“It still really hasn’t hit me yet, that I’m considered a professional athlete”

There is no formal presentation of some sort of framed certificate. No medals or participation ribbons are awarded.

Heck, the way DeAundre Alford looked at it, he’d just keep his head down and as long as no one contacted him on cutdown day last Friday, he would report for work with the Winnipeg Blue Bombers the next day.

“Technically no one told me (he had made the team),” began the Bombers rookie defensive back during a media Zoom call on Sunday. “We just knew that if you didn’t hear anything back from Matt (Gulakow, Director of Football Operations) and the staff you kinda were good. I didn’t hear anything from any of those guys and a couple of my peers, the people who aren’t here, I saw them leaving. I was kind of like, ‘Ok, I’m still here.’ But no one just actually told me, ‘You made the team.’

“I’m not going to lie… I was just in my room and I had my phone on mute. Whenever I got an alert I didn’t even want to look down. I’m still here. I’m blessed.”

And so when Alford punched the clock for practice on Sunday he had officially made the jump from college athlete to professional. Not only that, even though head coach Mike O’Shea won’t confirm his starting lineup until the day before Thursday’s Canadian Football League 2021 season opener against the Hamilton Tiger-Cats at IG Field, there was Alford working alongside Deatrick Nichols in the Bombers’ revamped secondary.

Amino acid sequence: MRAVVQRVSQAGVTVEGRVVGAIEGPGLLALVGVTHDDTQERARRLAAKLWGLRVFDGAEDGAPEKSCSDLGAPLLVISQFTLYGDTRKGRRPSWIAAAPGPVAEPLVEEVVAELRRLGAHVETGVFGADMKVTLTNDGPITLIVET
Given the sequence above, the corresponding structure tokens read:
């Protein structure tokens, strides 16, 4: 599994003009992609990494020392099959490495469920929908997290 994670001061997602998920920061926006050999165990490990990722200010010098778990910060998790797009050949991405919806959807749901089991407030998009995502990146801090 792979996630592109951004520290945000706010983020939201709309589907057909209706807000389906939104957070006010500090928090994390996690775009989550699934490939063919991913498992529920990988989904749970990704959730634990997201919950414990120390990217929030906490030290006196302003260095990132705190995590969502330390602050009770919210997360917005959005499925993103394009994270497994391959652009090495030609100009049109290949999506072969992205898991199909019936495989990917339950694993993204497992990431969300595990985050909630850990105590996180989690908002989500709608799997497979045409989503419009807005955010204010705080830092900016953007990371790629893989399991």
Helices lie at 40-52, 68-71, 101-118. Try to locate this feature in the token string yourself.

“It still really hasn’t hit me yet, that I’m considered a professional athlete,” Alford said. “I’m very humbled. I know there’s a lot of guys out there that want to be in my position.

“It still hasn’t really settled in, that I’m actually here because every day I have the mindset to keep competing and getting better. You never know. I’m blessed, man. I’m really blessed. Coming where I’m from, Griffin, Georgia… we’ve got a lot of talent but a lot of players don’t make it out. I accomplished that. I’m part of that one percent.”

Alford, at just 23, is the youngest player currently on the Bombers roster, joining Noah Hallett and Brady Oliveira as a trio born in 1997.

His backstory is interesting, as he concentrated primarily on basketball through high school and only started playing football in his senior year. Recruited to Jacksonville State, he followed his coach Jerry Odom to Tusculum when the boss took a new job at the Tennessee school. Alford was a D2CCA All-Region First Team and an All-South Atlantic Conference First Team All-Star in 2019, but when the pandemic hit in 2020, his opportunities to get an NFL look evaporated.

“My agent just hit me up one day and said, ‘Winnipeg Blue Bombers are very interested in you and they want to talk to you,’” said Alford. “It went from there. I guess it was my film and my game play… I had posted a highlight tape and it kind of went viral over social media. They found me through my agent.”

Alford used the term ‘blessed’ several times during his media session on Sunday and there’s a sense, especially given the road he’s travelled to get here, that he will take nothing for granted. That was obvious long before he arrived in camp, as he kept in contact with safety Brandon Alexander and has constantly hit up the vets with questions.

“I’m itching to play,” he said. “I want to show everyone what I’m capable of and what I can do, and also to help this program.

“It feels good to know I come from a small school. A lot of guys on the team don’t even know where Tusculum University is, so it just made me want to go harder, just being around a lot guys that come from Division I football or Power-5 schools. That makes it feel even better, coming from a small school.

“It’s been a real crazy journey. Once again, I feel so blessed to be able what I love to do with the ability I was blessed with. I always knew I was athletic and I could play any sport. Whatever I put my mind to I feel like I can achieve. Once I started playing football I had my mind on becoming a professional athlete and I’m here now.”

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